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Directionally Challenged

No one on the street has ever told me I give good directions, but between the sheets this sentiment has come up time and again.


Long before smart phones and GPS at our fingertips, I learned to read maps. Every year my parents would order a customized map from the American Automobile Association for our summer road trip. The map arrived in the mail, configured into a spiral bound flip up notebook. I would keep track of our progress and gamely guide my dad to the designated turn offs.

As a young adult I biked and backpacked with men who also loved maps. I learned to read topographic lines, add up mileage and estimate the energy expenditure of my route and pack accordingly. I road tripped across the country twice with a book of maps called a Gazetteer, made up of pages so detailed they included hiking trails, primitive campsites and small streams. I would study those maps each night with the intensity of a student cramming for an exam.

What all that familiarity with maps and navigation did was result in giving me a good sense of direction and an ability to give directions. By the time I moved away from Seattle, I had bicycled to every job I ever held and could have directed a stranger to any address in town. Who knew this skill would come in handy when it came to sex.

No one on the street has ever told me I give good directions, but between the sheets this sentiment has come up time and again. The number of men who have told me they have not been given much in the way of direction when it comes to pleasing a woman’s body makes me sad for The Sisterhood. Yet I’ve found that men don’t say much about how they want to be pleased in bed. It seems like sex is one of those things we fall into believing will just work itself out, it will be good or it won’t be, based upon some elusive chemistry. But we might have a better journey, might avoid getting deplorably lost, if we are willing to tell the driver where to make a turn.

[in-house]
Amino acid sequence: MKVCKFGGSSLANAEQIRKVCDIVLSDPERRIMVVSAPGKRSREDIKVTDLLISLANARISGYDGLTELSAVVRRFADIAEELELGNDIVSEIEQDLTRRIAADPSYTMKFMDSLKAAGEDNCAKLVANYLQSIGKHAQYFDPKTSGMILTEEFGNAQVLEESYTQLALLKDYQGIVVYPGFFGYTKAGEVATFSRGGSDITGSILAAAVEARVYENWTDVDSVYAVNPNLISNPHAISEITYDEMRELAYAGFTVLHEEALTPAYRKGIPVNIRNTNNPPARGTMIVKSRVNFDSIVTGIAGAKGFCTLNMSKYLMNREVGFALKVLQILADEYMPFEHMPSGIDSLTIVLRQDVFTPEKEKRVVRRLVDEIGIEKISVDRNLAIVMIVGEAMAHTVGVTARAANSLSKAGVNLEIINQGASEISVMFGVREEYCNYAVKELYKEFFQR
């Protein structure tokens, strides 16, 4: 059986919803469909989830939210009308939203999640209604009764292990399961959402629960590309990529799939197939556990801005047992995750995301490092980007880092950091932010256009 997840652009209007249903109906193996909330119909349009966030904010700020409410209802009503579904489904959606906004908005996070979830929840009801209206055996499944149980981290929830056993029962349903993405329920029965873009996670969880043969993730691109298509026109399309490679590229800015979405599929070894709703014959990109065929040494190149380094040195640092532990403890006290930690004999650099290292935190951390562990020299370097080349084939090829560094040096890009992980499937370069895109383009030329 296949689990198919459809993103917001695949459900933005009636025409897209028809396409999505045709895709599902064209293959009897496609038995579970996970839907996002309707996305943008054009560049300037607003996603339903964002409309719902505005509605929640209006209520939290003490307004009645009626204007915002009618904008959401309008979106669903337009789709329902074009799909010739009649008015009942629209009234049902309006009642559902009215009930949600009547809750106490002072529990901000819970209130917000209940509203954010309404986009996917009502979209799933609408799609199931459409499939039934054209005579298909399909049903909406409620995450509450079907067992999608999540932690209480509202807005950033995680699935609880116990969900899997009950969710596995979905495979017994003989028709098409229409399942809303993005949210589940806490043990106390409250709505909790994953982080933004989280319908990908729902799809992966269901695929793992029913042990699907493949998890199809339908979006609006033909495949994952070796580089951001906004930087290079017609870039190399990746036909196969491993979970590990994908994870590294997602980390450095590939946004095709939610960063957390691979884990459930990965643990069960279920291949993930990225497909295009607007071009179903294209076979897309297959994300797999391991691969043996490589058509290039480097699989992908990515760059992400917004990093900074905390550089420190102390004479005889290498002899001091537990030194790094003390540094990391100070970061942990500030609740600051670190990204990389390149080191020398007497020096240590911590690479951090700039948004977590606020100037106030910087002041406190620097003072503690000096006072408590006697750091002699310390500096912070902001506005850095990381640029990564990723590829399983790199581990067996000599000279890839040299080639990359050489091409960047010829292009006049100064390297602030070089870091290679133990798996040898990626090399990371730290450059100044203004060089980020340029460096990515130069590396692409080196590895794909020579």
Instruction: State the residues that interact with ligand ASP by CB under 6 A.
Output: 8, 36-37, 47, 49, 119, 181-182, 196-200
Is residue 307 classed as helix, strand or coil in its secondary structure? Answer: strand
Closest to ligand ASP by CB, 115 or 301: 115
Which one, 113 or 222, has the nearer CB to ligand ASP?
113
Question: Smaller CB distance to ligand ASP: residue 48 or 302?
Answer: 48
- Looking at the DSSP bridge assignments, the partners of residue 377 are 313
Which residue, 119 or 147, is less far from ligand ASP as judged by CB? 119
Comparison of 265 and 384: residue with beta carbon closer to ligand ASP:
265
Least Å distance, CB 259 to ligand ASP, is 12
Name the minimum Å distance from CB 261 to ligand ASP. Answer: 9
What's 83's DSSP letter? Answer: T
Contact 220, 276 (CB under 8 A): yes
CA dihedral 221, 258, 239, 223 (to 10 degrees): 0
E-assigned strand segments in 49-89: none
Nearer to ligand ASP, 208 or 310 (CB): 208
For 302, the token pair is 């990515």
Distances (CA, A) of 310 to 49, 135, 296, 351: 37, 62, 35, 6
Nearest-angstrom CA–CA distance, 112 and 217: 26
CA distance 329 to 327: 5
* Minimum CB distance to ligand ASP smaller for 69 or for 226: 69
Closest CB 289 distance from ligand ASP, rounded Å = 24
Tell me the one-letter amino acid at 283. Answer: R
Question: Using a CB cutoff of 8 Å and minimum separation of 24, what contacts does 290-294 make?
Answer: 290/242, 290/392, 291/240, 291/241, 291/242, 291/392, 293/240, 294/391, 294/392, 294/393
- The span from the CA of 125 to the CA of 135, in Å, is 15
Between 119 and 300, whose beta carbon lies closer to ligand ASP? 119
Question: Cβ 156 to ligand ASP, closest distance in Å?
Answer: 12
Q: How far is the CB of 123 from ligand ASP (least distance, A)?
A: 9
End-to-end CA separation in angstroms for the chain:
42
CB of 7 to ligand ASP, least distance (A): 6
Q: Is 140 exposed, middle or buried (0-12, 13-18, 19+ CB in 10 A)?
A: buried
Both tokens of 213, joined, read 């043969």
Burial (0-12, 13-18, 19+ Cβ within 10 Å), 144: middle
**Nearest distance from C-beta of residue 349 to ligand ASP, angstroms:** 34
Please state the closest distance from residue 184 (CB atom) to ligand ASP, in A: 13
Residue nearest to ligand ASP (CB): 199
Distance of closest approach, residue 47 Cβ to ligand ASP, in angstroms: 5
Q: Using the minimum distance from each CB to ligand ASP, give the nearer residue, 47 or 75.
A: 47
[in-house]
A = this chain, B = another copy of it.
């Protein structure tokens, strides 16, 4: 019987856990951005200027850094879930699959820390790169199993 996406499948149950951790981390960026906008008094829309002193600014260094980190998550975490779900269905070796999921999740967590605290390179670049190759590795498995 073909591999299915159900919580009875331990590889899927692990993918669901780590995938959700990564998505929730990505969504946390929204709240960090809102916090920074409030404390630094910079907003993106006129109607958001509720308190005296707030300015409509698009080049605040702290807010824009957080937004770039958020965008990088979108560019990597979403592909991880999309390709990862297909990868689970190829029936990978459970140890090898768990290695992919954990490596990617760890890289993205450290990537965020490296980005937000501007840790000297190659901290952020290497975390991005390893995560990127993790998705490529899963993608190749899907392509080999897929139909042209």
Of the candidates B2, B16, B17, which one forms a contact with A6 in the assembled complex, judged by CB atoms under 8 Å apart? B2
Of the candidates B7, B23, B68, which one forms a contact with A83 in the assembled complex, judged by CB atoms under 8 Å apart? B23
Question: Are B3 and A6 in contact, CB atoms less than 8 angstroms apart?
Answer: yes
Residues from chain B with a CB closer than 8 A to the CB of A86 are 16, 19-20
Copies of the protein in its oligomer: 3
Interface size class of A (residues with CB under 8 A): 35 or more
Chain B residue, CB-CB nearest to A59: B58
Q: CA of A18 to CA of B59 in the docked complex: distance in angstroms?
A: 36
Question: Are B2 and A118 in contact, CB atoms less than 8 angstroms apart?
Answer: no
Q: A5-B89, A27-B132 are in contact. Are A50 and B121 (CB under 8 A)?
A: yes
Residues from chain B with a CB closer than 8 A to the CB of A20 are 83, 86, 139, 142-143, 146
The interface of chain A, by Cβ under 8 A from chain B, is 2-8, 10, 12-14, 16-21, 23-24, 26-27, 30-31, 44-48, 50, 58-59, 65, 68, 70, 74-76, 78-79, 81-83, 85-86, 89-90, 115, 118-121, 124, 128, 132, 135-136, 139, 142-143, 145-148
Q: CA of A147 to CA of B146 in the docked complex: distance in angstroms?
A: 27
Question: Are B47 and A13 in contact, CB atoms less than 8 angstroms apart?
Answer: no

I suppose one needs to possess a certain level of self awareness and confidence to speak up when a partner is busy between your legs, but the benefits of doing so are legion. It’s true, a new lover may introduce you to a side road on your body you didn’t know was there, but chances are you know where your most stunning landmarks are. Why wouldn’t you want to share that vista with your person? I am happy to speak up about which side of my clitoris is more sensitive (yes, this is a thing) and what I’d love my partner to do with his other hand at the same time. No man has felt belittled by my suggestions, in fact they have often been ecstatic to have guidance. Giving directions means essentially handing your lover the tools to make both your lives better.


Image by Sebastian Herrmann on Unsplash